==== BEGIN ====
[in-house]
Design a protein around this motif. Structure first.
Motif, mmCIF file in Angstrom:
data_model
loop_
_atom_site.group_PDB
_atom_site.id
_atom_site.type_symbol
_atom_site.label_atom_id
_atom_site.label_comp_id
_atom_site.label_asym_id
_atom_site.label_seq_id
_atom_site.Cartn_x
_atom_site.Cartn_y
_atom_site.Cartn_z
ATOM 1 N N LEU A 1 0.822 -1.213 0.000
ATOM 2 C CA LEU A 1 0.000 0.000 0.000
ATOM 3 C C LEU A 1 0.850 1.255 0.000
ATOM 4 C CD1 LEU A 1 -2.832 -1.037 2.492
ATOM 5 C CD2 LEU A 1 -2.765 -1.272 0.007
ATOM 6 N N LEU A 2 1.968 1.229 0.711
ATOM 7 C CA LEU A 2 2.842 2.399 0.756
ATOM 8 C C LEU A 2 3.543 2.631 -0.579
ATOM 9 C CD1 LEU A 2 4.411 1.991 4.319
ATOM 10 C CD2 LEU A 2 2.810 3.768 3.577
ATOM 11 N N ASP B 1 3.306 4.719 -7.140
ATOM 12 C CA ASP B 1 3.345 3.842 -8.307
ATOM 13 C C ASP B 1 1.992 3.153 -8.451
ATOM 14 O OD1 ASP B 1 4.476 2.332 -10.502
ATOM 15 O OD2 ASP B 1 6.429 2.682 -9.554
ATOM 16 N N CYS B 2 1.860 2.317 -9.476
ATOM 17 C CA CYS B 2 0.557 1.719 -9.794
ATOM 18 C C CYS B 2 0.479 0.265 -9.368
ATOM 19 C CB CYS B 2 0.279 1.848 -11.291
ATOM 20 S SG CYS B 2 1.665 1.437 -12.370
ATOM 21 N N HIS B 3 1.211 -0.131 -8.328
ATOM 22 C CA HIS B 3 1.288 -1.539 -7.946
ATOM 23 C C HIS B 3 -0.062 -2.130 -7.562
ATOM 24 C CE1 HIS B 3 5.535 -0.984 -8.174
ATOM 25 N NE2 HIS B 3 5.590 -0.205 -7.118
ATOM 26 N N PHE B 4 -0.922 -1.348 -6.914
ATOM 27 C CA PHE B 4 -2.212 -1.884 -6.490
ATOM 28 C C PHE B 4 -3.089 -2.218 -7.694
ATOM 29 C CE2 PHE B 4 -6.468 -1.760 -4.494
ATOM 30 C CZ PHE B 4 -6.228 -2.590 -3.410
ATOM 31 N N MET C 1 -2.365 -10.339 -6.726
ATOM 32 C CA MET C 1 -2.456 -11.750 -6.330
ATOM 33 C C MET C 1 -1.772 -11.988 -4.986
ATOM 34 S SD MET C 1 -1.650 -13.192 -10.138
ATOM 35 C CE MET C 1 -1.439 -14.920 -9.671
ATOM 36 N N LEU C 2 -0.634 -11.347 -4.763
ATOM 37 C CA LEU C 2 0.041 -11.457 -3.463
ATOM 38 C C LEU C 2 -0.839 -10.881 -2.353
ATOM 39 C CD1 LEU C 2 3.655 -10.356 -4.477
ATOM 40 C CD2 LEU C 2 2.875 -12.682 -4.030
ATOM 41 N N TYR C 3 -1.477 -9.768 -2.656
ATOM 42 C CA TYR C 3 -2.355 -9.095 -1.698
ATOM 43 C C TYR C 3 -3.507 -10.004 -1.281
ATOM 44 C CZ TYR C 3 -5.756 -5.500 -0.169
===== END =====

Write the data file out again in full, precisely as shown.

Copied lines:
[in-house]
Design a protein around this motif. Structure first.
Motif, mmCIF file in Angstrom:
data_model
loop_
_atom_site.group_PDB
_atom_site.id
_atom_site.type_symbol
_atom_site.label_atom_id
_atom_site.label_comp_id
_atom_site.label_asym_id
_atom_site.label_seq_id
_atom_site.Cartn_x
_atom_site.Cartn_y
_atom_site.Cartn_z
ATOM 1 N N LEU A 1 0.822 -1.213 0.000
ATOM 2 C CA LEU A 1 0.000 0.000 0.000
ATOM 3 C C LEU A 1 0.850 1.255 0.000
ATOM 4 C CD1 LEU A 1 -2.832 -1.037 2.492
ATOM 5 C CD2 LEU A 1 -2.765 -1.272 0.007
ATOM 6 N N LEU A 2 1.968 1.229 0.711
ATOM 7 C CA LEU A 2 2.842 2.399 0.756
ATOM 8 C C LEU A 2 3.543 2.631 -0.579
ATOM 9 C CD1 LEU A 2 4.411 1.991 4.319
ATOM 10 C CD2 LEU A 2 2.810 3.768 3.577
ATOM 11 N N ASP B 1 3.306 4.719 -7.140
ATOM 12 C CA ASP B 1 3.345 3.842 -8.307
ATOM 13 C C ASP B 1 1.992 3.153 -8.451
ATOM 14 O OD1 ASP B 1 4.476 2.332 -10.502
ATOM 15 O OD2 ASP B 1 6.429 2.682 -9.554
ATOM 16 N N CYS B 2 1.860 2.317 -9.476
ATOM 17 C CA CYS B 2 0.557 1.719 -9.794
ATOM 18 C C CYS B 2 0.479 0.265 -9.368
ATOM 19 C CB CYS B 2 0.279 1.848 -11.291
ATOM 20 S SG CYS B 2 1.665 1.437 -12.370
ATOM 21 N N HIS B 3 1.211 -0.131 -8.328
ATOM 22 C CA HIS B 3 1.288 -1.539 -7.946
ATOM 23 C C HIS B 3 -0.062 -2.130 -7.562
ATOM 24 C CE1 HIS B 3 5.535 -0.984 -8.174
ATOM 25 N NE2 HIS B 3 5.590 -0.205 -7.118
ATOM 26 N N PHE B 4 -0.922 -1.348 -6.914
ATOM 27 C CA PHE B 4 -2.212 -1.884 -6.490
ATOM 28 C C PHE B 4 -3.089 -2.218 -7.694
ATOM 29 C CE2 PHE B 4 -6.468 -1.760 -4.494
ATOM 30 C CZ PHE B 4 -6.228 -2.590 -3.410
ATOM 31 N N MET C 1 -2.365 -10.339 -6.726
ATOM 32 C CA MET C 1 -2.456 -11.750 -6.330
ATOM 33 C C MET C 1 -1.772 -11.988 -4.986
ATOM 34 S SD MET C 1 -1.650 -13.192 -10.138
ATOM 35 C CE MET C 1 -1.439 -14.920 -9.671
ATOM 36 N N LEU C 2 -0.634 -11.347 -4.763
ATOM 37 C CA LEU C 2 0.041 -11.457 -3.463
ATOM 38 C C LEU C 2 -0.839 -10.881 -2.353
ATOM 39 C CD1 LEU C 2 3.655 -10.356 -4.477
ATOM 40 C CD2 LEU C 2 2.875 -12.682 -4.030
ATOM 41 N N TYR C 3 -1.477 -9.768 -2.656
ATOM 42 C CA TYR C 3 -2.355 -9.095 -1.698
ATOM 43 C C TYR C 3 -3.507 -10.004 -1.281
ATOM 44 C CZ TYR C 3 -5.756 -5.500 -0.169